Similar to “Criminal,” “Hooking up with Girls” is emotional, raw, and vulnerable. “I’ve always been obsessed with 90s music videos, and Fiona Apple has been a musical inspiration to me since I was a kid,” Moore shared. “The ‘Criminal’ song and video are both so sexy and frustrated and angry and conflicted, all of which were themes in ‘Hooking up with Girls.” It’s the sort of video that inspires emotional purges and can serve as the track that plays in the background of your own personal documentary as you come to an epic love life realization.”

On top of acting in the video and providing the spine-tingling vocals, Moore also directed “Hooking up with Girls” with a diverse crew, including many LGBT folks. It’s the true definition of a passion project, one that Moore has been working on for over a year. “I love the original video so much, so to be able to take that original and add a queer element, and then tie it to this song that I’ve been dying to release as a single forever feels wonderful.”

Check out the official video below, then head over to It Was Romance’s Bandcamp or Spotify to hear more of their captivating tunes.

VIDEO REVIEW: Ryan Egan “Finest Hour”

Ryan Egan

Ryan Egan

Ryan Egan’s new video for his single “Finest Hour” showcases some groovy dance moves, hypnotizing falsetto vocals, and an overall air of mystery.

The video sees Egan decked out in a white turtleneck showing off simple yet perfected dance moves. Once the chorus hits, some shadowy background figures shimmy out from behind him and bust into their own more fluid moves. It’s the perfect contrast between black vs. white, light vs. shadow, simplistic vs. ornate. And Egan’s airy falsetto only reinforces the video as a mysterious yet enticing piece.

The New York songwriter will be playing a show at Rough Trade on June 16 with Coast Modern. Make sure you check out the video below before catching him in person!

VIDEO REVIEW: Von Sell “I Insist”

Von Sell

Von Sell’s official video for the track “I Insist” can best be described as strangely beautiful—and yes, that is absolutely a compliment.

The video follows a man who appears to be living in an abandoned building as he attempts to write, trying to please his companion, a stone-faced mannequin. As a seasoned explorer of abandoned buildings, so much of me envies this man’s lifestyle while being simultaneously terrified by it. And that’s a feeling the entire video radiates: It gives you chills, but in a good way.

The man takes breaks from writing to dance around his abandoned building home in a simple choreography that aligns perfectly with the synthy sounds of Von Sell. Each breakdown shows the man dancing it out, seemingly waiting for inspiration to strike. And it does, only once he breaks apart his mannequin friend and throws him piece by piece out the window. With that, the song really picks up its ethereal pace and both video and song become more trippy.

After discarding the mannequin, the man really gets into the zone and is able to finally relax—and can you actually blame him? I don’t think many people would be able to write well with an unblinking face always lurking in the shadows, appearing mysteriously in doorways and just…watching.

Check out Von Sell’s video for “I Insist” above, and keep an eye out for an upcoming tour!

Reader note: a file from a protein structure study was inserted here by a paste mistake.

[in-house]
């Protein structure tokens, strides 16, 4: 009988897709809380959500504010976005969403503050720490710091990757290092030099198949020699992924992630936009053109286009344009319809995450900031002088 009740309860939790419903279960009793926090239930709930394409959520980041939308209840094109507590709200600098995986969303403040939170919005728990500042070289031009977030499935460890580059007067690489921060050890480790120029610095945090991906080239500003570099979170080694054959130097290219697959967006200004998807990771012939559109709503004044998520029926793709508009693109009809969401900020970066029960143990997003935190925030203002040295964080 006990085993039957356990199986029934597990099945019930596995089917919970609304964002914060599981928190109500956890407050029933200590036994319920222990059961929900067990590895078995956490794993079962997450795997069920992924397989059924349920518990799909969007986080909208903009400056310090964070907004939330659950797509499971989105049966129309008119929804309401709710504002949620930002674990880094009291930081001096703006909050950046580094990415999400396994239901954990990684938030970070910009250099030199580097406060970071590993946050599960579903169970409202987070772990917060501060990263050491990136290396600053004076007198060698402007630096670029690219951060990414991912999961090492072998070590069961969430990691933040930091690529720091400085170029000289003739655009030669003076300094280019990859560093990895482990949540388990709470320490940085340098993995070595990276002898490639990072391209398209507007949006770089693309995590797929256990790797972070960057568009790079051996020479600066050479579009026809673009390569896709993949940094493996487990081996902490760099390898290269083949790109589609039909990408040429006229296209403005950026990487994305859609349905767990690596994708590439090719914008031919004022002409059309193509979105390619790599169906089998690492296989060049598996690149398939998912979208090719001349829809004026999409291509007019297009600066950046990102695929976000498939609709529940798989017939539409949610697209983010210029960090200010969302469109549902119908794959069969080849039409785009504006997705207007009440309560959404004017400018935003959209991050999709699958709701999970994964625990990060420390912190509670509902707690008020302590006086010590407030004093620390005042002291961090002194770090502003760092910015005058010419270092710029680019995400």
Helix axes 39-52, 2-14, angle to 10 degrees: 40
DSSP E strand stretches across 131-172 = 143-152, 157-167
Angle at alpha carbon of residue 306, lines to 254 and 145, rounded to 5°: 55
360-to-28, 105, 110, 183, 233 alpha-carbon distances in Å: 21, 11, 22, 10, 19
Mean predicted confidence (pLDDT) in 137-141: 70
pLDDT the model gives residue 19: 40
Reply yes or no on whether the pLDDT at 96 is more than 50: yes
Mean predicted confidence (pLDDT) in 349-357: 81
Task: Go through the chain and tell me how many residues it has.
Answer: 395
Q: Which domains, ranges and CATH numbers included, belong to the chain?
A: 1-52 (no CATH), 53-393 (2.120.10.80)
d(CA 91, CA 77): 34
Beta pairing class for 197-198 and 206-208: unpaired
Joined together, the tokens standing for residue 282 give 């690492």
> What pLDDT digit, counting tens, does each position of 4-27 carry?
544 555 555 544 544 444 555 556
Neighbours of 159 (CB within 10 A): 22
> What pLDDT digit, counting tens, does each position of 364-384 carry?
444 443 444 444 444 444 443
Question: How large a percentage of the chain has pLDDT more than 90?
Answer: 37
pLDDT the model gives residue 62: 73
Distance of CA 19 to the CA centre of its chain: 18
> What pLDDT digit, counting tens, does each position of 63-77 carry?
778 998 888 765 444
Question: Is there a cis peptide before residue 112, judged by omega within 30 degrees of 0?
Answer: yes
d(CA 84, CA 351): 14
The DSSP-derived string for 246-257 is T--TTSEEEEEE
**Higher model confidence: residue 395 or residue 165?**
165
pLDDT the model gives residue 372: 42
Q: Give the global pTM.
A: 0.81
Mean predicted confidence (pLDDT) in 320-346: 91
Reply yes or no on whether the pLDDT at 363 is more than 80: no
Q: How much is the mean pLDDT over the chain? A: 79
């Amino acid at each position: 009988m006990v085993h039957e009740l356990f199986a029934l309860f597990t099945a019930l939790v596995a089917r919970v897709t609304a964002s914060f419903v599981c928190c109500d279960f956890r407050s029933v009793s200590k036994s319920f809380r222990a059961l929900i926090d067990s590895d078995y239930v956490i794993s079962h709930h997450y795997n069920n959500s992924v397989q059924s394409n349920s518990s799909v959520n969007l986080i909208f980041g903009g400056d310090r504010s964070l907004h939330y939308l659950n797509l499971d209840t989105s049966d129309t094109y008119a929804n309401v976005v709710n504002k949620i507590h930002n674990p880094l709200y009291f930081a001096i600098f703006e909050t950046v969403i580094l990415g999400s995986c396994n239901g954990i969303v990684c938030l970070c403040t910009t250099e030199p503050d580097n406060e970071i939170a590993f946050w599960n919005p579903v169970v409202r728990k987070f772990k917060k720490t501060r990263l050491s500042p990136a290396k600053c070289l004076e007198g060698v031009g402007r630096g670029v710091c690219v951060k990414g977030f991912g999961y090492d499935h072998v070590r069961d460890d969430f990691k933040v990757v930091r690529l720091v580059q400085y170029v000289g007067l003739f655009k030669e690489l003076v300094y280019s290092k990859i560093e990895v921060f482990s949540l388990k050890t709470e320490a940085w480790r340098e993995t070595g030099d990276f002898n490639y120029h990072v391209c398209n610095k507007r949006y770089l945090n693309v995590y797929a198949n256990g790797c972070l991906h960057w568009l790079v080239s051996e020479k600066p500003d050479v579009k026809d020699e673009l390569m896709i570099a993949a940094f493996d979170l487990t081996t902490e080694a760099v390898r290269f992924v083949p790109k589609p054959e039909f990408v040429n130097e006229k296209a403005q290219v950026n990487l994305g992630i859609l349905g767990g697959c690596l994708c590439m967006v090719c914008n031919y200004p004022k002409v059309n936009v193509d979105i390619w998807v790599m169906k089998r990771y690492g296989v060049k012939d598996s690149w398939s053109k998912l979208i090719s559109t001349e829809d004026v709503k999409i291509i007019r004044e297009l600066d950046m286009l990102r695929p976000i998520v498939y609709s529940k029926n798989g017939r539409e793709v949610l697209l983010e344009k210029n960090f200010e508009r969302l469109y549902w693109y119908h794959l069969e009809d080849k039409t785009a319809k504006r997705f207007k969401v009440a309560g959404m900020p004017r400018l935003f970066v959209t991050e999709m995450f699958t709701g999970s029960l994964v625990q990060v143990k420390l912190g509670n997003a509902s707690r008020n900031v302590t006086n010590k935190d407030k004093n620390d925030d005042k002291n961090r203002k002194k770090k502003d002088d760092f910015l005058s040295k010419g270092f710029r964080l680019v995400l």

VIDEO OF THE WEEK: The Saint Johns “Lost the Feeling”

You can pretty much tell The Saint Johns vibe well together once the first guitar chord is struck in “Lost the Feeling,” and this is just further confirmed when you hear the way their voices swirl together in perfect harmony. Upbeat yet ethereal vocals come from singer Jordan Meredith while Louis Johnson provides a more savory sound as well as crisp guitar riffs—like I said, they really just complement one another so well. Their newly released official video for “Lost the Feeling” starts off a bit reminiscent of “Spring Breakers,” the rush and excitement of a successful robbery fresh in the air as the Americana duo plays in what appears to be a small town bar. Tension mounts and ultimately dispels, following the ebbs and flows of the song just perfectly. It’s the type of track you want to know the words to immediately so you can sing along to it—maybe a bit loudly, but who’s judging?—in the privacy of your bedroom.

Luckily The Saint Johns are currently touring, so you have the chance to watch their dynamism live. And for those of you who are also in the New York area, maybe I’ll catch you at their show at Gramercy Theatre on March 31.

[fusion_builder_container hundred_percent=”yes” overflow=”visible”][fusion_builder_row][fusion_builder_column type=”1_1″ background_position=”left top” background_color=”” border_size=”” border_color=”” border_style=”solid” spacing=”yes” background_image=”” background_repeat=”no-repeat” padding=”” margin_top=”0px” margin_bottom=”0px” class=”” id=”” animation_type=”” animation_speed=”0.3″ animation_direction=”left” hide_on_mobile=”no” center_content=”no” min_height=”none”][/fusion_builder_column][/fusion_builder_row][/fusion_builder_container]


Braids music

Canadian art rock trio BRAIDS collaborated with animator Stephen McNally on a music video for their track “Bunny Rose”, off their record Deep in the Iris, released in April.

It’s impossible not to be entranced while watching the veins of a person gradually metamorphosing from dust to water.  The animated likeness of frontwoman Raphaelle Standell-Preston gracefully makes her way through the city before finally making it home in human form.  Dense beats along with Standell-Preston’s delicate vocals seamlessly carry the character through the scenery.

The stunning animation conveys the lyrical meaning of the track with ease, which as described by the band themselves, is: “the desire to be loved yet a longing to be whole on one’s own.”

Check out the video here:

VIDEO OF THE WEEK: The Bulls “Come Unwound”

The Bulls - photo by Josh Giroux